General News of Monday, 13 November 2017
Technical Universities have been tasked to seek opportunities to help introduce additional technical and technology-based programmes that are industry specific and relevant to the changing trend of technology.
This would not only consolidate their core mandate of providing quality higher technical and vocational education, but also facilitate their contribution towards national development.
Prof Kwesi Yankah, Minister of State in charge of Tertiary Education, made the appeal in a speech read on his behalf at the 13th congregation of the Cape Coast Technical University (CCTU) at the weekend.
In the speech read by Dr Fred Asamoah, Acting Executive Director of Council for Technical and Vocational Education and Training (COTVET), the Minister suggested that programmes like Bachelor of Technology in Oil and Gas in Transport Management should be introduced.
He said training the youth in industry specific skills would not warrant employment of expatriates to handle such positions in the country
A total of 1,126 graduands made up of 50 Bachelor of Technology,942 Higher National Diploma,63 professional and 71 Diploma certificate students who pursued programmes in Engineering, Applied Science and Arts and Business, and Management studies graduated.
The Minister encouraged the research departments of Technical Universities to ensure regular collaboration with industry and tailor their research activities towards seeking practical solutions to address societal challenges.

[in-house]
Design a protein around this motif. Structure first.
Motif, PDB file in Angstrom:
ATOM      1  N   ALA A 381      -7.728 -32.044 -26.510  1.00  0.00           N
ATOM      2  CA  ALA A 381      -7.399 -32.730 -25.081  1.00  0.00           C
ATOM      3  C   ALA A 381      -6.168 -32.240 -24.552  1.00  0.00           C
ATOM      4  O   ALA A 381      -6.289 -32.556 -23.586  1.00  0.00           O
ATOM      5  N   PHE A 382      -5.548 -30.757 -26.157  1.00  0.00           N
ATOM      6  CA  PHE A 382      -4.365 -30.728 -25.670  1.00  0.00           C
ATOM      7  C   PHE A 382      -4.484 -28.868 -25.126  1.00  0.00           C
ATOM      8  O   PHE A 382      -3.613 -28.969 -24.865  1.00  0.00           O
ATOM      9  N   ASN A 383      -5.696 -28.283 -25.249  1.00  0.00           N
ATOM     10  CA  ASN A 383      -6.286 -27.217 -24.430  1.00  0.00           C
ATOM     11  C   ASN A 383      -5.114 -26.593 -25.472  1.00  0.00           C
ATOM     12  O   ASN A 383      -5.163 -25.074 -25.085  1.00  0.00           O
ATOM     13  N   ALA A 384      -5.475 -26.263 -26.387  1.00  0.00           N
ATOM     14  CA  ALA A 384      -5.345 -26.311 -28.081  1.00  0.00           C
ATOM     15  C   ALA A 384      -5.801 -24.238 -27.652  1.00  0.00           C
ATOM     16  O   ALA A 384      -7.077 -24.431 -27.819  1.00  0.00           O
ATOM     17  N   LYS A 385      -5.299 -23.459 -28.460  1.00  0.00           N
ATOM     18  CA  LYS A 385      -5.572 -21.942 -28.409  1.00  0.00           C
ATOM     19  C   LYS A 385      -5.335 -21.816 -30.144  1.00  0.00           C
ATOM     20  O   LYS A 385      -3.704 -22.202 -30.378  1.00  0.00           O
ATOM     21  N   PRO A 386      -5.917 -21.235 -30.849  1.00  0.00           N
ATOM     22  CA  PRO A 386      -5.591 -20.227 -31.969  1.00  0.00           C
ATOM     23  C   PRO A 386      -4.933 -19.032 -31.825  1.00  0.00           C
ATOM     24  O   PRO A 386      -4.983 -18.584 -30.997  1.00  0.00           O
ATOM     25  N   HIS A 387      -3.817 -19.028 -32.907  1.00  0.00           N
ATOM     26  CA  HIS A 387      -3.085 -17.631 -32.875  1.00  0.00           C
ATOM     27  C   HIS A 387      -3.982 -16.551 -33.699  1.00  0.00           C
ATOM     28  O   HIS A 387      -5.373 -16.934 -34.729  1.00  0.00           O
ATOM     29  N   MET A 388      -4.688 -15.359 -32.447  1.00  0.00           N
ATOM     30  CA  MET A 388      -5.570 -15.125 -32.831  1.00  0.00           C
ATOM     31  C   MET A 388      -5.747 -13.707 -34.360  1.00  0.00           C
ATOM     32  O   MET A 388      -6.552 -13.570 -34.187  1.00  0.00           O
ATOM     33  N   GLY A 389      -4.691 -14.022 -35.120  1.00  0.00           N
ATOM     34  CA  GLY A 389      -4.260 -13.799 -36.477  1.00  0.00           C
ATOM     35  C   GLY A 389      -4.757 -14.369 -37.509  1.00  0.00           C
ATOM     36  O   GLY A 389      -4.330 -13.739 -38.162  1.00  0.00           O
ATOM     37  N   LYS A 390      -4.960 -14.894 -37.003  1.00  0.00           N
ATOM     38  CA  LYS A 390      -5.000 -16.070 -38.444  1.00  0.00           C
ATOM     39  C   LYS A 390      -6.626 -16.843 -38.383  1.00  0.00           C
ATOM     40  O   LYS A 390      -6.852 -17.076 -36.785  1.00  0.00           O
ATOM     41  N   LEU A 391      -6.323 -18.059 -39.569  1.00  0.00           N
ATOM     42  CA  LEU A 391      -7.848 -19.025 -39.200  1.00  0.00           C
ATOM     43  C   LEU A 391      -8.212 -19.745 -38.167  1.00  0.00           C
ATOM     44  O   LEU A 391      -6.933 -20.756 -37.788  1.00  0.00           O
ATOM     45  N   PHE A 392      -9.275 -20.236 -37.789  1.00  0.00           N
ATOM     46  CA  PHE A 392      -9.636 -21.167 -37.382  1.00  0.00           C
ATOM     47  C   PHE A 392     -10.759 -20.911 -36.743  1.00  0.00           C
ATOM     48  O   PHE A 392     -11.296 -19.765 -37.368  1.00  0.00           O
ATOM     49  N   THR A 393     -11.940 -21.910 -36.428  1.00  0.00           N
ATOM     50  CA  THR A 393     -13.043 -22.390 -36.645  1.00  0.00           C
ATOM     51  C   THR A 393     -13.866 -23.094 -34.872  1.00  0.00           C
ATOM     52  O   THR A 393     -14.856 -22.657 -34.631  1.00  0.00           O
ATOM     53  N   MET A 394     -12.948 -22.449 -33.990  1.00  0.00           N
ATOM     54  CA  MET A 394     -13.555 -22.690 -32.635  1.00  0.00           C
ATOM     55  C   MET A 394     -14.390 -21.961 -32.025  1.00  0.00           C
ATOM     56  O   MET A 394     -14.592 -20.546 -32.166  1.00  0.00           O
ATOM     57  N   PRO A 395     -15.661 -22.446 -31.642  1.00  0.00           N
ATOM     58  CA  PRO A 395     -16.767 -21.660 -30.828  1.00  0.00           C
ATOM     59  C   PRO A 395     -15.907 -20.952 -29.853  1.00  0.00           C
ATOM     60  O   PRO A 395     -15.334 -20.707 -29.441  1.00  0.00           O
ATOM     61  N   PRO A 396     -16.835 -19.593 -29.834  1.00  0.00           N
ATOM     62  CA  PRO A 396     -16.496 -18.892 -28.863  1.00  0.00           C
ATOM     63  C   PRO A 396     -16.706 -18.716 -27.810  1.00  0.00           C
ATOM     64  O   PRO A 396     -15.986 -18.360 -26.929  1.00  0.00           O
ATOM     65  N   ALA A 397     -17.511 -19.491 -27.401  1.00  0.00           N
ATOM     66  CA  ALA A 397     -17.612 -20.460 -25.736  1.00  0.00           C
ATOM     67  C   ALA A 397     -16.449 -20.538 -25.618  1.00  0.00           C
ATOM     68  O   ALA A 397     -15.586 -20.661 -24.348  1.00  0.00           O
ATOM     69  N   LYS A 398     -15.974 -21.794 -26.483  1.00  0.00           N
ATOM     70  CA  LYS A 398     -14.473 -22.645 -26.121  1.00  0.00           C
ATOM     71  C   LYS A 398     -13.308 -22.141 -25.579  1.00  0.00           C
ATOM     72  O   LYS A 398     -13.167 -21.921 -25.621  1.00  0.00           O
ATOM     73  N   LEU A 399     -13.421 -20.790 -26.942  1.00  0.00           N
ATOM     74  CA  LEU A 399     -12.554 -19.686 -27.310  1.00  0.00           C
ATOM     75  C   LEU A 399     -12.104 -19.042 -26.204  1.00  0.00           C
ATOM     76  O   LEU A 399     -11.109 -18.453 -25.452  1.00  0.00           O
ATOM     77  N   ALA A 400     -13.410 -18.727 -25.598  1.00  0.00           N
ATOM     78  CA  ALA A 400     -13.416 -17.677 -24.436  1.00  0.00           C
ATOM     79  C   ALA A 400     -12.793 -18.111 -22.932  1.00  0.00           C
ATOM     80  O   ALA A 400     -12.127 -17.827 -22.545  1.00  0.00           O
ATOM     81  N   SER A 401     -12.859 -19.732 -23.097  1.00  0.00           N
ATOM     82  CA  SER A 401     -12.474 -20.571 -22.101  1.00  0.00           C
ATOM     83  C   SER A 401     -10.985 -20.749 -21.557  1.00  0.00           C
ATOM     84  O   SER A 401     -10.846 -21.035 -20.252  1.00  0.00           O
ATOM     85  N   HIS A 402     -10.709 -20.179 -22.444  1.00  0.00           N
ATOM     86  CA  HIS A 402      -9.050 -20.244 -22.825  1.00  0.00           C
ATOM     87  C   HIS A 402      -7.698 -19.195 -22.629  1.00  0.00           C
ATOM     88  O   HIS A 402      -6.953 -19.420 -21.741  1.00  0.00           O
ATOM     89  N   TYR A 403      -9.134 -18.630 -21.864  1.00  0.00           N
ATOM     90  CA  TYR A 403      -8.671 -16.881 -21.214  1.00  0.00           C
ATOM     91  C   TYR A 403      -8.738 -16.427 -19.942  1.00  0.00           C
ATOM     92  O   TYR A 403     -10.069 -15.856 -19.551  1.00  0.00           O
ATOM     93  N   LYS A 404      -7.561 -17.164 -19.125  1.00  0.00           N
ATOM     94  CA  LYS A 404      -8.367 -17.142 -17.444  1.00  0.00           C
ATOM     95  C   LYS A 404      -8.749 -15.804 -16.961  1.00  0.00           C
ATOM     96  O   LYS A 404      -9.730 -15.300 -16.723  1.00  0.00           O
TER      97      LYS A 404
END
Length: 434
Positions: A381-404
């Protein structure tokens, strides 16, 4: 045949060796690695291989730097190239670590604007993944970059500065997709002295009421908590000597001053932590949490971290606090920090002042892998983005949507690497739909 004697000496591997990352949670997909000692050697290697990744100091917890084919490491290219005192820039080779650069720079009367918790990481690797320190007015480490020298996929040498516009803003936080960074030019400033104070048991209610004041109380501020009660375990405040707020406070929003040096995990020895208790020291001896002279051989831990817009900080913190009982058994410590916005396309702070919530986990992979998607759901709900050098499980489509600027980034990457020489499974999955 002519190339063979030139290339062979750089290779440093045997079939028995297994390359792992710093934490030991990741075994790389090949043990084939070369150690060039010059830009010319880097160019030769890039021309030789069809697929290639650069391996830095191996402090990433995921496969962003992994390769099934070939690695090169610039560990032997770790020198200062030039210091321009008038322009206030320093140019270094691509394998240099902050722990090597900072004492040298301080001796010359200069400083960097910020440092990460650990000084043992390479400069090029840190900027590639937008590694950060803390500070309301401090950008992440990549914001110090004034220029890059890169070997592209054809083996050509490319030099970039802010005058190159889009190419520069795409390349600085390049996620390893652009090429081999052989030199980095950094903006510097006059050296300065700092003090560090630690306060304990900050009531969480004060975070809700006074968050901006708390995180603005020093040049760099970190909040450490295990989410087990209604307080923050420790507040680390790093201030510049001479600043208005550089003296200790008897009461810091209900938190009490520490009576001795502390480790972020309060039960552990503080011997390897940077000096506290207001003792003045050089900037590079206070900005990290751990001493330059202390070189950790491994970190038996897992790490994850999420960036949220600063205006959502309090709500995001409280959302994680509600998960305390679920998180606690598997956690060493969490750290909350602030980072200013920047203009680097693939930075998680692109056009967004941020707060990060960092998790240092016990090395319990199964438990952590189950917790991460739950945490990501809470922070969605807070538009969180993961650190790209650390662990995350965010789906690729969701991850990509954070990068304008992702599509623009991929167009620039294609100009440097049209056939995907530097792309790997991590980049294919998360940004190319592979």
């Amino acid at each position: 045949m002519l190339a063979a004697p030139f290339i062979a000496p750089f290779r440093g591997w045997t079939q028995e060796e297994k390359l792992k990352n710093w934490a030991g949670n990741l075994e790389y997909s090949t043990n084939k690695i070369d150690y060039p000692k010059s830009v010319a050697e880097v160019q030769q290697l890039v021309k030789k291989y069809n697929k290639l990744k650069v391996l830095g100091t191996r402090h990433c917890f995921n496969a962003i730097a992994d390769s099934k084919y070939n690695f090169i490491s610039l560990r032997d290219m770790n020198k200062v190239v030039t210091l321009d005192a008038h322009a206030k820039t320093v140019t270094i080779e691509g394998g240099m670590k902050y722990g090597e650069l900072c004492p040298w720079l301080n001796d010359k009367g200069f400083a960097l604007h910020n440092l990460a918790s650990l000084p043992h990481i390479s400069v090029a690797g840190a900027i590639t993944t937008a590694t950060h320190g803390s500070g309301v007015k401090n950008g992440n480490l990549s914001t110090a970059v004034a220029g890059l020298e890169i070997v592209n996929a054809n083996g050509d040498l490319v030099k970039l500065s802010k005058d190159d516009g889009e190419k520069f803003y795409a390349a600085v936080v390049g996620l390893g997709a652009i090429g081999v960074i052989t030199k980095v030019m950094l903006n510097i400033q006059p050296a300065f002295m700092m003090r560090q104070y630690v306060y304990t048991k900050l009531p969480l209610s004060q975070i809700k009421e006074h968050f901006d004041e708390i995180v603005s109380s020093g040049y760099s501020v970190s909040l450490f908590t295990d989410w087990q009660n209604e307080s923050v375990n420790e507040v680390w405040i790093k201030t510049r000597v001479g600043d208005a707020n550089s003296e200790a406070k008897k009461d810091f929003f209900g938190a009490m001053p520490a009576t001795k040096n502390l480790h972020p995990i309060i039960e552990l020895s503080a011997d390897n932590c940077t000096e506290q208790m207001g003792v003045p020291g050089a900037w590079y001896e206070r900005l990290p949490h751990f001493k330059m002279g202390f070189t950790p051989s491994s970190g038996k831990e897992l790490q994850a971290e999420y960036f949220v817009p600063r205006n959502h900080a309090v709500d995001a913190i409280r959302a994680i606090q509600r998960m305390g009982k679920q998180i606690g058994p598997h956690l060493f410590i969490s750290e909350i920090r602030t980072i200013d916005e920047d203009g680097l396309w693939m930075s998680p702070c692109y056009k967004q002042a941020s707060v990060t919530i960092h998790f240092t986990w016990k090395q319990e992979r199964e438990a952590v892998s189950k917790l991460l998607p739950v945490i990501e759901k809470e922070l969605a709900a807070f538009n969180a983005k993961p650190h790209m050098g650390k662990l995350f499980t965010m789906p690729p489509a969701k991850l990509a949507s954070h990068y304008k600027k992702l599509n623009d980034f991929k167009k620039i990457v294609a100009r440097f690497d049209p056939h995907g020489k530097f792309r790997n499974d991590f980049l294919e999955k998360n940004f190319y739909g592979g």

Prof Yankah further admonished technical universities to stick to their core mandates and desist from running programmes that have no bearing on their foundation.
He said the conversion of polytechnics into Technical Universities did not give them the impetus to deviate from their focal point but to better position them to provide quality higher technical and vocational education.
He said the law that established them tasked them to provide higher education in engineering and science and technology based disciplines as well as technical and vocation training to fill the needed manpower of the country.
The Minister said Government would not relent in its efforts to supply the universities with the needed infrastructure and human resources to enable them perform their roles efficiently and effectively.
The Vice Chancellor of CCTU, Professor Lawrence Atepor, said in pursuit of its mandate, the University had signed a partnership agreement with Kumasi Technical University and three other Universities of applied sciences to improve teaching and learning.
The collaboration, he said involved tailored curriculum and other training programmes to the needs of industry aimed at reducing the skills gap of students to the barest minimum.
Prof Atepor appealed to the Government to adequately resource the University’s laboratories and workshops with modern equipment to enable the students have more practical experience.
Mr Francis Albert Seth Nyonyo, a Council of State Member, challenged technical universities to play a major role in ensuring the success of the “one district, one factory” policy by training students to provide technical support to the factories.